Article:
The poems in the collection range from reflections on the eruption of COVID to “the Trump” and the Democrats’ attempts to unseat him. Shrayer is at his best when finding parallels between Soviet and American realities. A Russian Immigrant’s defense mechanism against excesses on both the right and the left is to “resort to Jewish jesting/ bittersweet”:
But we don’t forget the jokes
of our Soviet childhood:
when political climate chokes
it is better not to brood …
As we chime in the year
of the clever Metal Rat
we refuse to live in fear,
doctor’s order: laughter, stat!
Shrayer’s memories of the Soviet past, and of the Soviet Jewish past in particular, permeate the collection. My favorite poem is “Sentimental Education,” which concerns the Jewish women schoolteachers of literature who taught the speaker — and I should say us — to be who we are:
Soviet women past their prime
in aubergine turtlenecks washed to sheen,
Vera Josephovna Pearlbaum,
Lubov Leonidovna Burnstein.
Public detractors of Stalin,
secret admirers of Pasternak,
keepers of old family cooking style,
cloves and garlic, celery and parsnips.
“Dear children, you must love the classics,”
they preached in voices laced with pain …
We read “Lady with Lapdog” we memorized Shakespeare’s sonnets,
we learned to love and betray one another.
A whole lifetime wouldn’t be enough
to shake the memories of this rancorous theater.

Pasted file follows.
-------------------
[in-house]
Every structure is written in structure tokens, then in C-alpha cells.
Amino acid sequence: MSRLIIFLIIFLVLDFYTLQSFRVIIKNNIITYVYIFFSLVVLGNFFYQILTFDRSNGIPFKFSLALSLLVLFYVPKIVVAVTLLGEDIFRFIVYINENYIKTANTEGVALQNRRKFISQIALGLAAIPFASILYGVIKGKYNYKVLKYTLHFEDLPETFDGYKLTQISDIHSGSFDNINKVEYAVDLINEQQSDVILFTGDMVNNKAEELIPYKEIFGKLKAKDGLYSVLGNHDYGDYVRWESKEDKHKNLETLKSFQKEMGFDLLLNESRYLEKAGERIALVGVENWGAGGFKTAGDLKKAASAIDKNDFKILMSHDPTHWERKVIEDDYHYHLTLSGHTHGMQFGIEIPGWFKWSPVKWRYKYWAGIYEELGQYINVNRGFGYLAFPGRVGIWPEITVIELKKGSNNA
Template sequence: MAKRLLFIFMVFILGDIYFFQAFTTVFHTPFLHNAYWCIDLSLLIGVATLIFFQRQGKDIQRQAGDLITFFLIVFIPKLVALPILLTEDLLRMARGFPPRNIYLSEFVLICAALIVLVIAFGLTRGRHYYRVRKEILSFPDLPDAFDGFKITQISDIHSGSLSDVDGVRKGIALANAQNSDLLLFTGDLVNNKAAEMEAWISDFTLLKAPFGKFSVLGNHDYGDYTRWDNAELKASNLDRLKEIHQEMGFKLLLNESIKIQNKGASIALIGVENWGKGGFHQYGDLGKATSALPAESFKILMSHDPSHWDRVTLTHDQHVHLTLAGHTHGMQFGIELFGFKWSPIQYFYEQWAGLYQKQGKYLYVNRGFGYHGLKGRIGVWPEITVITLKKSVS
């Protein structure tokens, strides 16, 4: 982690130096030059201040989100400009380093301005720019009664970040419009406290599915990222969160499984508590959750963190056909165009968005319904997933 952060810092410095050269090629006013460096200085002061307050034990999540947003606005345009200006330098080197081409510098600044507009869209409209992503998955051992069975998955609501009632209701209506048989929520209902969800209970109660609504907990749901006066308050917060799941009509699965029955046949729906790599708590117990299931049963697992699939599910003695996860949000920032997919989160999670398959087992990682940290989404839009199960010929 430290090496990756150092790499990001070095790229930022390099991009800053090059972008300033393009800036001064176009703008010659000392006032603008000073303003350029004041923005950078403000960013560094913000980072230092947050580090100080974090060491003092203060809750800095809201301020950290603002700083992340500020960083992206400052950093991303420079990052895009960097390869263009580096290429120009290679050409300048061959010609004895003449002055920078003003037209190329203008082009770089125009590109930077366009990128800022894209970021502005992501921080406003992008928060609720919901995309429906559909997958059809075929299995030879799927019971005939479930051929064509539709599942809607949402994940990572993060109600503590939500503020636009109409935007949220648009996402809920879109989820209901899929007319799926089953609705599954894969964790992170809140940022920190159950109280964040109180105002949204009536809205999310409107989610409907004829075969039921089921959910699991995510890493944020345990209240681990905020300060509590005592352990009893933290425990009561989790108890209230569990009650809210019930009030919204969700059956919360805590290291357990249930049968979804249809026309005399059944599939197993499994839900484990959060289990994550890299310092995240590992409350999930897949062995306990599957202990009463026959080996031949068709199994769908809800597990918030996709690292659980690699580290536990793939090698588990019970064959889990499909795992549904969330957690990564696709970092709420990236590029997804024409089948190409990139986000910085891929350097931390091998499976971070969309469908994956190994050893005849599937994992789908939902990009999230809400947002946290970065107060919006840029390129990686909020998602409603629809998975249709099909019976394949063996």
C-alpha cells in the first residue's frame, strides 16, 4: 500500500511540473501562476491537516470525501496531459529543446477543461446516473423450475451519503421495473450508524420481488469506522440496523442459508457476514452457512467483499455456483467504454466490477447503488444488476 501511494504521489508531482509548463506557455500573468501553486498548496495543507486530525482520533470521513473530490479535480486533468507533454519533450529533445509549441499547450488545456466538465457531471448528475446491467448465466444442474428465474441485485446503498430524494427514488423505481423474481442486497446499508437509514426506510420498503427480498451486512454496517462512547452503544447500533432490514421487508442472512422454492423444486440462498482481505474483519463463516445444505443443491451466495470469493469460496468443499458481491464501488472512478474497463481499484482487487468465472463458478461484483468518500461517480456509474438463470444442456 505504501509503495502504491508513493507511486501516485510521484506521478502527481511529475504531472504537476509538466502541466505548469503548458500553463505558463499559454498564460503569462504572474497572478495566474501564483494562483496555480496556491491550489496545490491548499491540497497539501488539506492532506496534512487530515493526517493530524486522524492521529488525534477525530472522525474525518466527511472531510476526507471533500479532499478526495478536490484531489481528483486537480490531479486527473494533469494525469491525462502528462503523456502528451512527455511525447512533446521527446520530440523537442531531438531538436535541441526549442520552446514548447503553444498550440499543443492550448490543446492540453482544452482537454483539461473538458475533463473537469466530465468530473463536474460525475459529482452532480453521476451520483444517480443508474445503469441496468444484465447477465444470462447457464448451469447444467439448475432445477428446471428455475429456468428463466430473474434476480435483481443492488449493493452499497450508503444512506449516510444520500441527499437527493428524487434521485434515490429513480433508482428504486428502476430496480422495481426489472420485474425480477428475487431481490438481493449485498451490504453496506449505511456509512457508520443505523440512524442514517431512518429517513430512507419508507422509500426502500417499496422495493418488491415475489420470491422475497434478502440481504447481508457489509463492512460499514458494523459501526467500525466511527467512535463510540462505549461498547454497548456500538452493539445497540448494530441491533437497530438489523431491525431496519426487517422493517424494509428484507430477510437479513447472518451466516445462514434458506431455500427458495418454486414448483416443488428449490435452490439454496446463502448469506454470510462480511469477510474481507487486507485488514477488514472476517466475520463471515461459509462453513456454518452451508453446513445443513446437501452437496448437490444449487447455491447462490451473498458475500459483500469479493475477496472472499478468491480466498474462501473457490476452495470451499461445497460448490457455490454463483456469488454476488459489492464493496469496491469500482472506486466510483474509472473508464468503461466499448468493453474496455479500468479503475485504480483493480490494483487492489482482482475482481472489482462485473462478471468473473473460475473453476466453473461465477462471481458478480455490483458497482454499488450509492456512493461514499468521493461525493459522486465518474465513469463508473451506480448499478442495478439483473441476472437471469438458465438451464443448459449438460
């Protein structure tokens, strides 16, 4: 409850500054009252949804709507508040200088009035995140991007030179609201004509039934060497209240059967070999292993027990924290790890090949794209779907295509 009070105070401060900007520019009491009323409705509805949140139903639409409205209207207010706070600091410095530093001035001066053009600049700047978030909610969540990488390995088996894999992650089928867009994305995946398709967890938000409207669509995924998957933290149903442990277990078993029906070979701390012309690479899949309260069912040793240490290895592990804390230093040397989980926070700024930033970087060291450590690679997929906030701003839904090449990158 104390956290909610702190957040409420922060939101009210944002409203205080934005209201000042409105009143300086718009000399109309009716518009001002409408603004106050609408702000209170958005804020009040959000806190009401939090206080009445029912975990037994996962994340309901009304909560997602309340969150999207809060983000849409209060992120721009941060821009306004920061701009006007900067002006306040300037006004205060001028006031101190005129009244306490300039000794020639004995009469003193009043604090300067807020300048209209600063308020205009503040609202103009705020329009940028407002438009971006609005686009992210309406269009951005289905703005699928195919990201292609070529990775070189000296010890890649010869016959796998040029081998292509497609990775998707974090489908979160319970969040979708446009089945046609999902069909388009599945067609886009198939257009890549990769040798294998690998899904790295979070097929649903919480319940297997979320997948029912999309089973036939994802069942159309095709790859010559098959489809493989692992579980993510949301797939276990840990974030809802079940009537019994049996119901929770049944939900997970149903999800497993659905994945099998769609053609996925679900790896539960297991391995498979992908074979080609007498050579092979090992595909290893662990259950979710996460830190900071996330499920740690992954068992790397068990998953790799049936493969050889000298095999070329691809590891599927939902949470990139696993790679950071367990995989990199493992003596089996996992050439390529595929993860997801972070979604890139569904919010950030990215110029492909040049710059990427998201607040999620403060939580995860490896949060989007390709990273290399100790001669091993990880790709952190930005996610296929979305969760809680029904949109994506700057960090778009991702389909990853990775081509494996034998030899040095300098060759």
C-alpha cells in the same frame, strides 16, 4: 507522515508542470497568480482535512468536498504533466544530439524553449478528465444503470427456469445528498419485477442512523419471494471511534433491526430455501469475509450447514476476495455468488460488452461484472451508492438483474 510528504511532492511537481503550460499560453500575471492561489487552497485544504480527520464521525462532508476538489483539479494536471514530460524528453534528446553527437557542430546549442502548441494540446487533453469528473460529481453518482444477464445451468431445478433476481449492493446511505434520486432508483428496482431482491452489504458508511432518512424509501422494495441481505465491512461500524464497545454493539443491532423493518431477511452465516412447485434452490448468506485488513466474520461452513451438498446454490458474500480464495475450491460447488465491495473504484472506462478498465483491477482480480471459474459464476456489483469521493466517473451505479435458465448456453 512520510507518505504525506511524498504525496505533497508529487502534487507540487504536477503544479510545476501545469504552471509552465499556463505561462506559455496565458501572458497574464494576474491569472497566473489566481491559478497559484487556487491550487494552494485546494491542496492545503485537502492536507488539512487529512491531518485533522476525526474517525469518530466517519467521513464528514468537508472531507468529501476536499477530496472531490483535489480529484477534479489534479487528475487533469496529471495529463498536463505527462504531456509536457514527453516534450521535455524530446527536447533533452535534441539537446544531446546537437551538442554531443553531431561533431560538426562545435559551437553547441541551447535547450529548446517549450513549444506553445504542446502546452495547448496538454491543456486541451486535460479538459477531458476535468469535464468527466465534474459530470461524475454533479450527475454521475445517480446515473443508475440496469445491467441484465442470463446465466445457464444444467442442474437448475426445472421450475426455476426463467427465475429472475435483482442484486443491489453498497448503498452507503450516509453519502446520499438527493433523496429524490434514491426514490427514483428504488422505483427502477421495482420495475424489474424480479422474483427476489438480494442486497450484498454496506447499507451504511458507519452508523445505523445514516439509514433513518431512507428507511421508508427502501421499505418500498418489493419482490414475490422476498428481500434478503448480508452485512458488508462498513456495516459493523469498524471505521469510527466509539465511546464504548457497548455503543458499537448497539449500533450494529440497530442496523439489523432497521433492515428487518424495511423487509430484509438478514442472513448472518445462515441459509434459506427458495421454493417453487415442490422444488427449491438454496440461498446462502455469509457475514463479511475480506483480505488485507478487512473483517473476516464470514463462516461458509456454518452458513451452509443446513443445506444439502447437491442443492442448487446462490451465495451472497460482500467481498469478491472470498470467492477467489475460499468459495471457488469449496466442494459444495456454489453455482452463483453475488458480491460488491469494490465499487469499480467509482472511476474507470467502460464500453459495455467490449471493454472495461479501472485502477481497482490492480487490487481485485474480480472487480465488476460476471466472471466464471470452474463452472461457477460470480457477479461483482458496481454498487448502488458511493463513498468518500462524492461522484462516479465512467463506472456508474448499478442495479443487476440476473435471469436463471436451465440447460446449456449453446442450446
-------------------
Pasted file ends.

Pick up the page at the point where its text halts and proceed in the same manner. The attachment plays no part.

A love for literature is instilled as drab Soviet life passes by the window, while a classmate calls the teacher “the sniveling Jewbitch.” In an admirable response to this antisemitic outburst, the speaker smashes the window. For me, the poem is especially touching since my own grandmother, Maya Anisimovna Moshchinskaya, a teacher of Russian literature for almost 40 years, was one of the purveyors of this “sentimental education.” Roland Barthes talked famously about the effect of photography on the viewer as punctum, “that accident which pricks,” an experience both painful and consoling. Barthes called the photograph “the living image of a dead thing.” Shrayer’s poems, like the one above, have a similar effect. Their “prick” is long lasting and deeply rewarding.
In the final poem, “About the Author,” the mask comes undone and the poet’s credo is revealed:
A Russian Immigrant entertains
with Jewish humor in his veins,
Russian soul-searching in his rimes,
American optimism in bad times.
We can only celebrate the fact that this Russian-Jewish-American triangle, which has long defined Maxim Shrayer as both a scholar and prose writer, is now coming to the reader in verse, making “the world” that “makes no sense” and that has “lost its innocence” a bit more bearable.